Brown on Sunday was undecided on whether Rodriguez or second-year point guard T.J. McConnell would start at the one on opening night.

“He was going to be one of the primary ballhandlers,” Brown said of Simmons. “And with that, floor spots and spacing and how you actually set this thing up changes dramatically.”

The players also have noticed a change without Simmons in the backcourt. Joel Embiid, playing his first season after missing the past two with foot injuries, found himself struggling with his shot selection early on in the preseason. He got glimpses in camp of how Simmons could improve that.

“He’s such a big presence and he’s really important to us,” Embiid said. “He just makes plays. I’ve been rushing shots and that’s where it comes in play. Someone like him can help me get better shots because he can get me easy baskets.”

Simmons’ absence also fast-forwarded Saric’s transition in his first NBA season. The injuries to Simmons and Jahlil Okafor (right knee) have pushed Saric into the starting power forward role during the preseason. The rookie has been learning on the go in a new league.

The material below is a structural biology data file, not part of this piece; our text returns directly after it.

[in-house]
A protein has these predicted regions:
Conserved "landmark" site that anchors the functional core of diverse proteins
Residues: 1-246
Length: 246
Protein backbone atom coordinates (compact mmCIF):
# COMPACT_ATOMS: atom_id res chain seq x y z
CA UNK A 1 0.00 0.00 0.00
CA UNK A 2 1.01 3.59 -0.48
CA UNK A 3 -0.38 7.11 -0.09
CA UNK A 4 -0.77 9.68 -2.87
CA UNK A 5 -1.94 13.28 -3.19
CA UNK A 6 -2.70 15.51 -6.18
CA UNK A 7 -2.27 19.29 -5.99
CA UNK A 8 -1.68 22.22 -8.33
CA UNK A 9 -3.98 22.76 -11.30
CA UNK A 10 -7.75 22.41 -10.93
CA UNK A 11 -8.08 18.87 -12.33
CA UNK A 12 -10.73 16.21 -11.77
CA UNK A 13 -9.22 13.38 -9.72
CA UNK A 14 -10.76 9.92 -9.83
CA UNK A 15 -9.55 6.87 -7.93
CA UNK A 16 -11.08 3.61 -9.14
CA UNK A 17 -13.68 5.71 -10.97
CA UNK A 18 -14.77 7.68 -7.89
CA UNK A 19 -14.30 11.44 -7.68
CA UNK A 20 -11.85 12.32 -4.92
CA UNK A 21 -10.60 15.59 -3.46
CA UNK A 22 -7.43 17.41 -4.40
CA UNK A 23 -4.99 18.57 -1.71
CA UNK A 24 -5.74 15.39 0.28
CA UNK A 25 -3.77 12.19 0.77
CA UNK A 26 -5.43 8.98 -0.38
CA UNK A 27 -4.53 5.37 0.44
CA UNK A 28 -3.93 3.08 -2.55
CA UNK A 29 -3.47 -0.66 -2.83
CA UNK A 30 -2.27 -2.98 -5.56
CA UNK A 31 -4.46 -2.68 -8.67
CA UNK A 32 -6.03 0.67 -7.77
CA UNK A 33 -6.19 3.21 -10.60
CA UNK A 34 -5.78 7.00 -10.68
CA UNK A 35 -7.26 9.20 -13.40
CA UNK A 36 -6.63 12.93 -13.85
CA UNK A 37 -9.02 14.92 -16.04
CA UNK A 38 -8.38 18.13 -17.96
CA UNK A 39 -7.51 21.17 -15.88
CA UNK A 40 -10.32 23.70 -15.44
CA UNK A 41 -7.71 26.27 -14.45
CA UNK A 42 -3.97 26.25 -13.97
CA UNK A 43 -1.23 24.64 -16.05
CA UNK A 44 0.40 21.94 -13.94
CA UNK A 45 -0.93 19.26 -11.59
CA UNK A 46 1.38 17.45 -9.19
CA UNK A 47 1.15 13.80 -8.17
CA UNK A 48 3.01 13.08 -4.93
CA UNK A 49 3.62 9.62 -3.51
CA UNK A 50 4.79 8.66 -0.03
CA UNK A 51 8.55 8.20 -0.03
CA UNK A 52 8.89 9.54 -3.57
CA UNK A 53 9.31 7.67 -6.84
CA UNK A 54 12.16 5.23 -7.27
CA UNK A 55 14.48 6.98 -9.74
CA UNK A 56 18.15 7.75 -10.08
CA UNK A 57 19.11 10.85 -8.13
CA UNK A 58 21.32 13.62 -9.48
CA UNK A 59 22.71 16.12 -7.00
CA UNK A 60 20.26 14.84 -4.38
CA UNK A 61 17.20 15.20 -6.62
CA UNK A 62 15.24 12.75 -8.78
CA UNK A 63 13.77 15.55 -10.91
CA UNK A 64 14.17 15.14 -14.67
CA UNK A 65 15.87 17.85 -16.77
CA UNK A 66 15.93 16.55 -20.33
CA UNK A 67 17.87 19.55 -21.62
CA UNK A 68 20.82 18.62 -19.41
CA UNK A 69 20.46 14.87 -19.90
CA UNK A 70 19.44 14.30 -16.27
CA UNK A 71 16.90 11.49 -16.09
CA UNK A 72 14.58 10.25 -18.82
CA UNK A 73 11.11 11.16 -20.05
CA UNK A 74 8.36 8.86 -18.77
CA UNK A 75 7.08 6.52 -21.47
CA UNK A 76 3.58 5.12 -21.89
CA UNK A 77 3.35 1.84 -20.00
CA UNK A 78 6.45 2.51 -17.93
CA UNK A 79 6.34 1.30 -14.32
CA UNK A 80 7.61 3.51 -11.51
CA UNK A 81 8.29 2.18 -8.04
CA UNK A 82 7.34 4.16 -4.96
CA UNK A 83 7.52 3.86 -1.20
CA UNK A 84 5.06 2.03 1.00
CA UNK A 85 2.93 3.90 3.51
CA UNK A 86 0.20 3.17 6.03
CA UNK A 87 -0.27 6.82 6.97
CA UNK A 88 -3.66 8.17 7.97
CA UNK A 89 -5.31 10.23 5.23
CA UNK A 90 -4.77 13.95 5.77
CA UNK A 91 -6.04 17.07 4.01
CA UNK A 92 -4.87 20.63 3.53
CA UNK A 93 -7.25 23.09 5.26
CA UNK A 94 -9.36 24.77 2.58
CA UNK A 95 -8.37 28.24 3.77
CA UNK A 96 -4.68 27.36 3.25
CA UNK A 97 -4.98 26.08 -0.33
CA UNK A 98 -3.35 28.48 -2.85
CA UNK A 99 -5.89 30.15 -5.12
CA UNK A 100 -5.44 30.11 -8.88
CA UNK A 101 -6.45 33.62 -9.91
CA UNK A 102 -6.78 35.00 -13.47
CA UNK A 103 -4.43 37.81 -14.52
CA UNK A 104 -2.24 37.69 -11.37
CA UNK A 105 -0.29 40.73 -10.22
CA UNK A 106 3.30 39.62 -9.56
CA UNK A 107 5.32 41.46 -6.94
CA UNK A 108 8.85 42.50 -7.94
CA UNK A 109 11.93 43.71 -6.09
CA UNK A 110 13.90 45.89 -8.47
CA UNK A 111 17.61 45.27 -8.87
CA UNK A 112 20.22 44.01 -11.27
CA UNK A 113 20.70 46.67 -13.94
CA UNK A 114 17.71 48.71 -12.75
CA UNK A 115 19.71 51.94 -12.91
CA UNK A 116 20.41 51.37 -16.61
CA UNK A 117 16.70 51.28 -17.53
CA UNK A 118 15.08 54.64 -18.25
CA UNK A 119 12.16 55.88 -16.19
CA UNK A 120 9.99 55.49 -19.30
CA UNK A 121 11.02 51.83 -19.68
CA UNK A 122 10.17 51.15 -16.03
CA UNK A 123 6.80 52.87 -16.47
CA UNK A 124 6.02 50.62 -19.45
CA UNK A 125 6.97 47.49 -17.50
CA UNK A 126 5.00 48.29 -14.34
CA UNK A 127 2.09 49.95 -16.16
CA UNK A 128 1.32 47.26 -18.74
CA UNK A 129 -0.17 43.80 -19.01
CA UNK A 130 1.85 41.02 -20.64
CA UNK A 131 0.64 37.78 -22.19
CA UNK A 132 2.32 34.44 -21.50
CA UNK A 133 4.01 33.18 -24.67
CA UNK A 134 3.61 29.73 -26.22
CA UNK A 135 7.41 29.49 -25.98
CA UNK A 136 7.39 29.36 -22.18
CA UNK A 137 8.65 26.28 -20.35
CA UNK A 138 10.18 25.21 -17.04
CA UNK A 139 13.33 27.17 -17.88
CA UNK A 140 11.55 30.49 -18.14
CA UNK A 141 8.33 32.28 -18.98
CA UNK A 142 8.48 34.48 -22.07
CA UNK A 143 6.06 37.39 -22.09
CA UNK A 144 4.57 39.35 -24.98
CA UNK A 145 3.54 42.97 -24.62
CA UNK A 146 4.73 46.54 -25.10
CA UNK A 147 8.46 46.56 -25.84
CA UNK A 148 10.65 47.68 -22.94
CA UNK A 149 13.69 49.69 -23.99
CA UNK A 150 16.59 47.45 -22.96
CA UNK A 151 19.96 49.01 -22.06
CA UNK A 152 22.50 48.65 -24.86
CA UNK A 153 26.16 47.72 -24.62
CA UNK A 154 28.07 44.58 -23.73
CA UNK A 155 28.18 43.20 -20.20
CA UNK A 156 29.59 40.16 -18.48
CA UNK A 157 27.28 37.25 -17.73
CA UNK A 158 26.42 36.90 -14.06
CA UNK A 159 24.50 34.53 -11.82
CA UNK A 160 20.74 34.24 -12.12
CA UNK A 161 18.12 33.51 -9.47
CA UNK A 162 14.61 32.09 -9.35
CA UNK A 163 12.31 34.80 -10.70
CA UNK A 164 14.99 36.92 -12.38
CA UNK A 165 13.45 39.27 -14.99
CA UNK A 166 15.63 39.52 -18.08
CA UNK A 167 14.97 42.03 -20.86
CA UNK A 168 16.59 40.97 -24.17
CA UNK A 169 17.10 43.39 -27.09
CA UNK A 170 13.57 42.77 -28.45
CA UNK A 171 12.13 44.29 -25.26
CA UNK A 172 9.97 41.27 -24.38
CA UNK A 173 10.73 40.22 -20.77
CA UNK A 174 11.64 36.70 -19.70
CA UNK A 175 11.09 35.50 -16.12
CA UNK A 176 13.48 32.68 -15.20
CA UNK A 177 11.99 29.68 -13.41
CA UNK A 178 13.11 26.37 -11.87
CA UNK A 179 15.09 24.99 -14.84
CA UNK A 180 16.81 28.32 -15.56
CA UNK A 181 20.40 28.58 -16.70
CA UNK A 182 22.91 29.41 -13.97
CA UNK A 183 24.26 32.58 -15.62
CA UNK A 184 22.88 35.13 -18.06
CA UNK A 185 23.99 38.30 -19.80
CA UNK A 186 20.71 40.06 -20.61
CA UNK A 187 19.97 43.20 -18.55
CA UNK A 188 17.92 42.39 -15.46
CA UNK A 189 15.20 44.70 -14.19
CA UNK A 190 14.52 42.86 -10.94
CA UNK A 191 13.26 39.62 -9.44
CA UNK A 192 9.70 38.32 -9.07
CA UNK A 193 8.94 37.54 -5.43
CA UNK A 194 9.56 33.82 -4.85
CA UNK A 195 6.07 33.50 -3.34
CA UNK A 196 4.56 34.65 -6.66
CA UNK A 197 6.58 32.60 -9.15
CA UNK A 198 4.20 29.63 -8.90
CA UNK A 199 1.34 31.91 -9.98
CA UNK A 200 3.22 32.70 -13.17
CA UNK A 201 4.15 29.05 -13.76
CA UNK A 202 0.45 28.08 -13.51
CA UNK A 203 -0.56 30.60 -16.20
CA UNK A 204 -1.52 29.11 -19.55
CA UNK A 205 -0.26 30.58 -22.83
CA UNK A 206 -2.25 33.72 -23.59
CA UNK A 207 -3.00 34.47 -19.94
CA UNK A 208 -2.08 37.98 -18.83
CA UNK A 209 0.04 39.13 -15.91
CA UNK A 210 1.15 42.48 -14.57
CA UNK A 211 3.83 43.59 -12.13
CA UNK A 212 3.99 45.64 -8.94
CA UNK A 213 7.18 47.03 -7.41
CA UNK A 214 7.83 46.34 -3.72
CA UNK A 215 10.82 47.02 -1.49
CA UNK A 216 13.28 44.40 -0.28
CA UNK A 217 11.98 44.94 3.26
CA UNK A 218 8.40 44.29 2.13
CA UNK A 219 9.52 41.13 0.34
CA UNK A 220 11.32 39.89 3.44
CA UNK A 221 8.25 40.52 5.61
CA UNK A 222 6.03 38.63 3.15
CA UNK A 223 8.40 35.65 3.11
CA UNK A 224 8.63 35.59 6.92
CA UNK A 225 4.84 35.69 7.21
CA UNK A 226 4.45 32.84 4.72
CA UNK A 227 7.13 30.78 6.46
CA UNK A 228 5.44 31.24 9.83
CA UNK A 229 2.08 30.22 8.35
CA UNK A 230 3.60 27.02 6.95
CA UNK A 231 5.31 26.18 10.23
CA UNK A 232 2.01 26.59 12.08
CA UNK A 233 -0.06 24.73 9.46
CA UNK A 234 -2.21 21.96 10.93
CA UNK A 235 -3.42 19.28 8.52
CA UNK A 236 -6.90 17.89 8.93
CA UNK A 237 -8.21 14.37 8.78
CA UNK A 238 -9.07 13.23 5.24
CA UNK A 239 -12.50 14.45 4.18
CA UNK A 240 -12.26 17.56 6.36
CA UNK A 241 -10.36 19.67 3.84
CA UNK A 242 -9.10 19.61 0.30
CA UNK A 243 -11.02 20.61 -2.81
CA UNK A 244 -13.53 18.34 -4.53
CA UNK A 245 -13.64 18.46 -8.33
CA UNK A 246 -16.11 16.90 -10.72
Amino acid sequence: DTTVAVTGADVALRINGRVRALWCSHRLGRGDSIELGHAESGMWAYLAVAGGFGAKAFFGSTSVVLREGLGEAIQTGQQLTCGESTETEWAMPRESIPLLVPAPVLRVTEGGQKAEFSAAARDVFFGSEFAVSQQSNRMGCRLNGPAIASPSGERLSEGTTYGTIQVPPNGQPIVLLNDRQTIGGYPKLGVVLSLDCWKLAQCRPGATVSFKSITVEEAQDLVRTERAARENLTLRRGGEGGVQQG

“He has been thrown into the fire,” Brown said of Saric last week (see story).

Simmons recently went through a two-week, post-operative exam and had sutures removed. He is working on day-to-day rehab with the Sixers' staff while also spending time talking with Brown. The team is implementing a multi-faceted recovery program of education, health and shot improvement.

This includes meeting with Brown to break down his game — where it is now and where it can develop in the future. Brown wants to make sure Simmons knows the ins and outs of the system so he is best prepared to begin his rookie season once cleared to play.

“I think that part of my excitement is I get with Ben every day while we’re here and go into my office for half-an-hour and it’s like basketball-NBA 101,” Brown said.

That’s one aspect of Simmons’ injury for which Brown can prepare.

Sixers sign former Temple great Dionte Christmas

Sixers sign former Temple great Dionte Christmas

Hours before Monday's 5 p.m. NBA deadline to finalize rosters for opening night, the Sixers signed former Temple guard Dionte Christmas.

Christmas, now 30, hasn't played in an NBA regular-season game since 2013-14, when he appeared in the only 31 contests of his career with the Suns.

He was a standout at Temple, where he averaged 15.7 points and 4.4 rebounds in 130 games, leading the Atlantic 10 in scoring in three consecutive seasons.

Christmas played in the NBA Summer League six years in a row after going undrafted in 2009. He was originally signed by the Sixers in September 2009 after playing with them that summer in Orlando.

Christmas has also spent seven seasons overseas, most recently with Torku Konyaspor Basket in Turkey.

The Sixers now have 20 players on their roster. They have five cuts to make by 5 p.m and likely roster casualties include Brandon Paul, James Webb III, Cat Barber and Shawn Long.